The problem tackled by ASPECT was to sort ceramic tiles according to their aesthetic matching. ASPECT aims to demonstrate Macs Tech technology by means of a device that:
A system capable of objectively evaluating the matching parameters, which can be electronically archived and easily compared at any time, would make rematching possible and cost-effective.
ASPECT is based on a simple-to-use neural software classification system called Max: all that has to be done is to show the required shade sample to it and Max learns. After the operator has set the desired sorting accuracy, Max will indicate which tiles are "out of tone" and/or when it is necessary to change shade when the product deviates from the current shade.
In order to artificially reproduce the behaviour of a human operator in sorting heterogeneous tiles into aesthetically acceptable subsets, it is necessary to extract a large quantity of information from the image of the tile and then make a decision, attributing the correct weight to each of the extracted characteristics.
After the initial learning phase, the complex human vision system is capable of extracting only the relevant characteristics from the image, amplifying them and ignoring others. In other words, the eye-brain system works as a kind of intelligent filter, extracting and considering some characteristics, which will be used, in the subsequent sorting operation. Max seeks to reproduce human abilities through the use of neural network techniques for extracting the tile´s characteristics.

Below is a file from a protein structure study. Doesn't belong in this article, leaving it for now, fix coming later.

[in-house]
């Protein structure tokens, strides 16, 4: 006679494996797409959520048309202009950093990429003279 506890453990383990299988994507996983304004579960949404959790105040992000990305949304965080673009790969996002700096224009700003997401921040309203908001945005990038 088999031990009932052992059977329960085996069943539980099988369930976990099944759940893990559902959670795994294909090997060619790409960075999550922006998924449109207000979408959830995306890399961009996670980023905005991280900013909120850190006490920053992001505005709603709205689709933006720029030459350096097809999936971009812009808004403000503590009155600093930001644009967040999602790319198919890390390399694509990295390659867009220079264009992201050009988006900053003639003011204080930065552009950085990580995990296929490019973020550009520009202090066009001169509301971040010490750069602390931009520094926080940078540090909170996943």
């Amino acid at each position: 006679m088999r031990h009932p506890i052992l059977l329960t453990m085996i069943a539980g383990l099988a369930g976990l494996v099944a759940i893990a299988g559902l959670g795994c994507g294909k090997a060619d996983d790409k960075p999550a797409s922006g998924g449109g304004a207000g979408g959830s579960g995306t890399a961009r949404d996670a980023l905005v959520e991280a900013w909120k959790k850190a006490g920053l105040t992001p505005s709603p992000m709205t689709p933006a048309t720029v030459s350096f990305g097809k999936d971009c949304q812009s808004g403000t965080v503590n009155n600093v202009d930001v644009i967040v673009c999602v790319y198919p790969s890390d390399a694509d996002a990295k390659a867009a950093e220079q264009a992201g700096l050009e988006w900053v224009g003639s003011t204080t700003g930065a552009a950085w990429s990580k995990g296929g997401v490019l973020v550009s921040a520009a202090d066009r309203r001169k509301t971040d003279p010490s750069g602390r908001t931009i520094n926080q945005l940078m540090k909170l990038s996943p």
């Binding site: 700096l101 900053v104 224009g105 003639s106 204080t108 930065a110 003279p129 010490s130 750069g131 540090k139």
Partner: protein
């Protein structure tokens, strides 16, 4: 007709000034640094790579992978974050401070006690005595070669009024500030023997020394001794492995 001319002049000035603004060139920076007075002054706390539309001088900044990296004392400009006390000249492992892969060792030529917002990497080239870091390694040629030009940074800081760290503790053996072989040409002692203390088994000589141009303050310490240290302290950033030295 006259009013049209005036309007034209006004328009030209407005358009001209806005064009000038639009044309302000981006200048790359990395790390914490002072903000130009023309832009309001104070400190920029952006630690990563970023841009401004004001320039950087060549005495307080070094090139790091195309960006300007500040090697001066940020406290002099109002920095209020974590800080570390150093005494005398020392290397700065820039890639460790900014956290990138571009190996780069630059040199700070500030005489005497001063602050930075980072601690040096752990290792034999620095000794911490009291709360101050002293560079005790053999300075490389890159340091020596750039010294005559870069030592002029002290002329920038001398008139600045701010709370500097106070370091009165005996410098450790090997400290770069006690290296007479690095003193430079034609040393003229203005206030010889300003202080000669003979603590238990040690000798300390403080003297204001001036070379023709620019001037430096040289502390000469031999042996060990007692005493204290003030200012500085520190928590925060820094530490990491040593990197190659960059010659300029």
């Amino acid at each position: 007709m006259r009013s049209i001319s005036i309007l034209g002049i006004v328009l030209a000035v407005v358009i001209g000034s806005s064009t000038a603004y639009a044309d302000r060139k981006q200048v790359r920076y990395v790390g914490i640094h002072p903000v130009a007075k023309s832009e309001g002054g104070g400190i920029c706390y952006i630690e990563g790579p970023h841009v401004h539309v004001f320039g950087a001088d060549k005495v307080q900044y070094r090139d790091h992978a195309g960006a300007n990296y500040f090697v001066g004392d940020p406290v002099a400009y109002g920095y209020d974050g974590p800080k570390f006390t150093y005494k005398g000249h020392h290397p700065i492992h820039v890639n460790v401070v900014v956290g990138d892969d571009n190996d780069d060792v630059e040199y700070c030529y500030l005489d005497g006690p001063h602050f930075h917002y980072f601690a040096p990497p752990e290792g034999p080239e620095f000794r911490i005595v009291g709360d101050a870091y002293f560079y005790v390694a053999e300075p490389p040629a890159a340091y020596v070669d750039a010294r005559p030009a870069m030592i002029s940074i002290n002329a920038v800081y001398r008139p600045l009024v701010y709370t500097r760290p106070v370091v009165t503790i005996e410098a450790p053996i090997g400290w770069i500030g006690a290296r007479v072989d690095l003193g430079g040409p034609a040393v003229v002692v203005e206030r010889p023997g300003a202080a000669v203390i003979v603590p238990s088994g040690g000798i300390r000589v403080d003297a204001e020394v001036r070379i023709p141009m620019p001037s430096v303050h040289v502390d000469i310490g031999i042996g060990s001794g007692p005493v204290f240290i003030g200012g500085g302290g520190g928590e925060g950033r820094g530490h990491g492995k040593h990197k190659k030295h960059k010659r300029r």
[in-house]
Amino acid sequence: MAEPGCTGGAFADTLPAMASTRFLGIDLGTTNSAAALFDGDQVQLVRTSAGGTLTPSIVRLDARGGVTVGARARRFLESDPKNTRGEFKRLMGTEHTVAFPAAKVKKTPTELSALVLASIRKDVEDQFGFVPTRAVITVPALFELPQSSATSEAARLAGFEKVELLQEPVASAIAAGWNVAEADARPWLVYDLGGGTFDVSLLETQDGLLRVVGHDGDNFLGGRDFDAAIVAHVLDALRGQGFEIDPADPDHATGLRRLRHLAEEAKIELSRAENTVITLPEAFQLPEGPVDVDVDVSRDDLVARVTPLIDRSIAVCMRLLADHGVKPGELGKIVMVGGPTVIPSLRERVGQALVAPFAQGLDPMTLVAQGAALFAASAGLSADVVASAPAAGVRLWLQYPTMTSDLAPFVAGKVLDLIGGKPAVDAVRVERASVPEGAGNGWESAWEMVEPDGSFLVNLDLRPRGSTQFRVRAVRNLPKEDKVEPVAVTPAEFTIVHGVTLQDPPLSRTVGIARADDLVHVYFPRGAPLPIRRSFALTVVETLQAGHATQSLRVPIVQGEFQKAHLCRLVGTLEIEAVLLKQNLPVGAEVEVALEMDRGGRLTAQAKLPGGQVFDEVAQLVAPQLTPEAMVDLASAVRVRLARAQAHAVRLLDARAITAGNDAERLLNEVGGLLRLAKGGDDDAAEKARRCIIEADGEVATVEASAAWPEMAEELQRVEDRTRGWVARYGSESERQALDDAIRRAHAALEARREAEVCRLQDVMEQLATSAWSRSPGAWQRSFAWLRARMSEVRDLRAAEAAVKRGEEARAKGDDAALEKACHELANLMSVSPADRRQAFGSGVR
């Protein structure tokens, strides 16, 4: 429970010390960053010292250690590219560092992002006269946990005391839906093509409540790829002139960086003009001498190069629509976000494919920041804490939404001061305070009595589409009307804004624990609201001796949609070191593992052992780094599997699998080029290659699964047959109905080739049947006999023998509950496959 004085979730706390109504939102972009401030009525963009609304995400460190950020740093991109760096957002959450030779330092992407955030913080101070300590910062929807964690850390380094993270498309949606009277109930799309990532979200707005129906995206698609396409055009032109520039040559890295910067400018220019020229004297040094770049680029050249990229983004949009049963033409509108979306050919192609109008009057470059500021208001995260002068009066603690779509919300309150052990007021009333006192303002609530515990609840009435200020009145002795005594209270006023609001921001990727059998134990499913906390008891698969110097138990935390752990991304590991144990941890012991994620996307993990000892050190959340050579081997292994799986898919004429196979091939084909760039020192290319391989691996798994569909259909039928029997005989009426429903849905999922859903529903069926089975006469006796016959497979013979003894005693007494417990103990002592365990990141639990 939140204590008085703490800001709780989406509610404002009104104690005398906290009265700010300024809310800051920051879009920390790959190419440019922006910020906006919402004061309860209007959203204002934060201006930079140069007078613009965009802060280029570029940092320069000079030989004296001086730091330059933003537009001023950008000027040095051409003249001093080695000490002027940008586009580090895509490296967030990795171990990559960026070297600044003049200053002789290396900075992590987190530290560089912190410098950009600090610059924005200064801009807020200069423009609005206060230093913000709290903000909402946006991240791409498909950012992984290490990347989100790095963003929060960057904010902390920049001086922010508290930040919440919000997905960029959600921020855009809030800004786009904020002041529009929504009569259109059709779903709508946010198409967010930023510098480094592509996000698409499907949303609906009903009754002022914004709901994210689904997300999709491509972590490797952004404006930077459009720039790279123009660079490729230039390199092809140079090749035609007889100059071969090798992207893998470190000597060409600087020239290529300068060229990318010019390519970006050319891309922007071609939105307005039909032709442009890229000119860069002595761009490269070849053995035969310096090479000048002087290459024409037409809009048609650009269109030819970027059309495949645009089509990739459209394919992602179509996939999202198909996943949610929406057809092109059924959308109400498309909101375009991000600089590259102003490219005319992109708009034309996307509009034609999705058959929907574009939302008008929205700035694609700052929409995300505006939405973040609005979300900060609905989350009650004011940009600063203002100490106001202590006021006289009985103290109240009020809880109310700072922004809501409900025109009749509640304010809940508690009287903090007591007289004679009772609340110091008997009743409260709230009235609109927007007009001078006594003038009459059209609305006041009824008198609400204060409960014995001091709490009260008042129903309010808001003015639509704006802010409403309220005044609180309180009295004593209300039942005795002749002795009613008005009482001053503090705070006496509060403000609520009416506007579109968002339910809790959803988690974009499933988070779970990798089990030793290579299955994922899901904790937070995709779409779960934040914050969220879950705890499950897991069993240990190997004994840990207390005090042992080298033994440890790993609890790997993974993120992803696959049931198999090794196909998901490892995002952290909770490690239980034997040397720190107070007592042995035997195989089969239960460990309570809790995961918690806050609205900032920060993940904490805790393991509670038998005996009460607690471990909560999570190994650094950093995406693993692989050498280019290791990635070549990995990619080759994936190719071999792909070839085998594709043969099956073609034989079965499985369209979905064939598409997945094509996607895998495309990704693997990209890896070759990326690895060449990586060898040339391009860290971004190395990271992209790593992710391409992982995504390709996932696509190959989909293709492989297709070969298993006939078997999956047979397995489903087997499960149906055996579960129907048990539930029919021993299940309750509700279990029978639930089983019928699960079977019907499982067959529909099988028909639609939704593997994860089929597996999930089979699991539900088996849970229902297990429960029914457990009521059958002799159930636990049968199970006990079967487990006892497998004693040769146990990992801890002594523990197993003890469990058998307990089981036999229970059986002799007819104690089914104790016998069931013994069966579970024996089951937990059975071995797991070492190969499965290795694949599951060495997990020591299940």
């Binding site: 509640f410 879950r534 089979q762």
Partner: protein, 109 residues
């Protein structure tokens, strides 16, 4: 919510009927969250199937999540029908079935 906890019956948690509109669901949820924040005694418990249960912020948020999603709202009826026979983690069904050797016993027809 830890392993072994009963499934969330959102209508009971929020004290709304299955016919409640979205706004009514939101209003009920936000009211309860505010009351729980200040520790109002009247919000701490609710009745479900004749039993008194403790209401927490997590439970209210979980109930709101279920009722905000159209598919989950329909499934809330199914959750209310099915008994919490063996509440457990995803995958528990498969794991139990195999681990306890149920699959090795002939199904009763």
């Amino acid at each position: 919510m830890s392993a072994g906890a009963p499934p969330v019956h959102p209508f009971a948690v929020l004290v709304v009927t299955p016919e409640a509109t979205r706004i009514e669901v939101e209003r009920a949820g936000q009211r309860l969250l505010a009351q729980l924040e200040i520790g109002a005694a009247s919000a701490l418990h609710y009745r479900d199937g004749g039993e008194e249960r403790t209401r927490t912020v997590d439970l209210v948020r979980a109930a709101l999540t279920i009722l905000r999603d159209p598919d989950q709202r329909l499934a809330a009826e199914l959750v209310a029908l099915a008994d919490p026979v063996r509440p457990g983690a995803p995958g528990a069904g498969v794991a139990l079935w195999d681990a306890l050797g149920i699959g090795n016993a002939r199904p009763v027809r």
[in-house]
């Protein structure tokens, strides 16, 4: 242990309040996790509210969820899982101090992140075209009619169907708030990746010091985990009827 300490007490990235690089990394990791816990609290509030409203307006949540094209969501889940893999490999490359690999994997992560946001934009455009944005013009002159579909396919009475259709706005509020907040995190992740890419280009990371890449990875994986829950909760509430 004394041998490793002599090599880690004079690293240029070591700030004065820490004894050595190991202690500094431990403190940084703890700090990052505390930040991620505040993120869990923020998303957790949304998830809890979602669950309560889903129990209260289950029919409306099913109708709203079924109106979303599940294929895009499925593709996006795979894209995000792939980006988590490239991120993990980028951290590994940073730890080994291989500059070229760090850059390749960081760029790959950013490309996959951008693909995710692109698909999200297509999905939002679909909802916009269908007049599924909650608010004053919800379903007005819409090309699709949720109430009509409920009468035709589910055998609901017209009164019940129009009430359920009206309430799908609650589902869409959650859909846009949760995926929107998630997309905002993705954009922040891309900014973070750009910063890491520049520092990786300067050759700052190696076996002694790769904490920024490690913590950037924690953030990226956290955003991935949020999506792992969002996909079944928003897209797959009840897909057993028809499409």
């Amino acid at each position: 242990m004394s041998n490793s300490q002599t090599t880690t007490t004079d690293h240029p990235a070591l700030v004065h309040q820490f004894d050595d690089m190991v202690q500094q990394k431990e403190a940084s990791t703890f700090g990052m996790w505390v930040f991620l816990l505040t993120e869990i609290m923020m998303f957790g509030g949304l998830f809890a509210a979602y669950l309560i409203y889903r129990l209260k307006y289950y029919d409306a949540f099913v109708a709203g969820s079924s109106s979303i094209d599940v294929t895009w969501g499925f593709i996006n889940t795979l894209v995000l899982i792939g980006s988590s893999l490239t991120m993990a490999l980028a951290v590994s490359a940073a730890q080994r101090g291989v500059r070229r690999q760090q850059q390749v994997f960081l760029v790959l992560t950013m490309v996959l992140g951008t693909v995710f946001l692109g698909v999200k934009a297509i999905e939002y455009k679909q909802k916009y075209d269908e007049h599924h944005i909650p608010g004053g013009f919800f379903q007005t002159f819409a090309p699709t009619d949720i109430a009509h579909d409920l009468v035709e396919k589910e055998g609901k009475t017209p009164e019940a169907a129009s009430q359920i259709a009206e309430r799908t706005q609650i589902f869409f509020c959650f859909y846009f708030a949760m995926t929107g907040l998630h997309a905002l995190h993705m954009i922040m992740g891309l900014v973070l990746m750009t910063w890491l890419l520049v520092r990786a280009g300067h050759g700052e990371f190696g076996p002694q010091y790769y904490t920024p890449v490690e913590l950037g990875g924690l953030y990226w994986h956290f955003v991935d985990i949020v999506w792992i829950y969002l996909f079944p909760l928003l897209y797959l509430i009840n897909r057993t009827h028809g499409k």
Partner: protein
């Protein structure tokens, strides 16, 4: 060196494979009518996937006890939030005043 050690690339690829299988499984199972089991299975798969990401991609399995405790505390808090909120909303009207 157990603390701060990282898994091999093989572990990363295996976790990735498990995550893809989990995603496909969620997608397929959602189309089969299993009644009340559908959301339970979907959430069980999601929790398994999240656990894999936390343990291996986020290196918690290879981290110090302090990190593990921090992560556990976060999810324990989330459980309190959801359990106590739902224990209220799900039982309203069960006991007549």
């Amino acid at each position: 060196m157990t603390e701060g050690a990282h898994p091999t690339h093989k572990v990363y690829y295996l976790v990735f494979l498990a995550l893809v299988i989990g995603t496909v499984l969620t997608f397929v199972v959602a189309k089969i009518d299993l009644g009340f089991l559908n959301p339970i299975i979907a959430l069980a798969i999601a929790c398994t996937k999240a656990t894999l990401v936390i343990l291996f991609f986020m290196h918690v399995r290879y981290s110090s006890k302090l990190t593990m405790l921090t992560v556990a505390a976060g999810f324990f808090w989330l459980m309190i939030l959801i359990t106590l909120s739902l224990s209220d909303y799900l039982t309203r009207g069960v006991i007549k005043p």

Sorting, which is typically a fuzzy operation given the lack of a precise boundary between a tile belonging or not belonging to a subset, is therefore performed on the basis of the extracted characteristic and the weight assigned to each. During the learning phase, the decision-maker "learns" from the sample which characteristics it must take account of, thereby forming a selection model or criterion in a similar manner to the human sorting operator.
Max is now capable of making a choice in the same way as its human counterpart, but it has the additional capability of being able to repeat it after a period of time with exactly the same outcome.
The result of the project was a prototype tone analyser with some major simplifications compared to the solutions currently available on the market. For example, the special acquisition technique allows the systems to be installed without having to make mechanical or electrical modifications to the sorting line. This results in lower indirect costs and means that the system can be moved when required. The hardware system used in ASPECT consists of two subsystems, one being lighting and image acquisition, the other processing.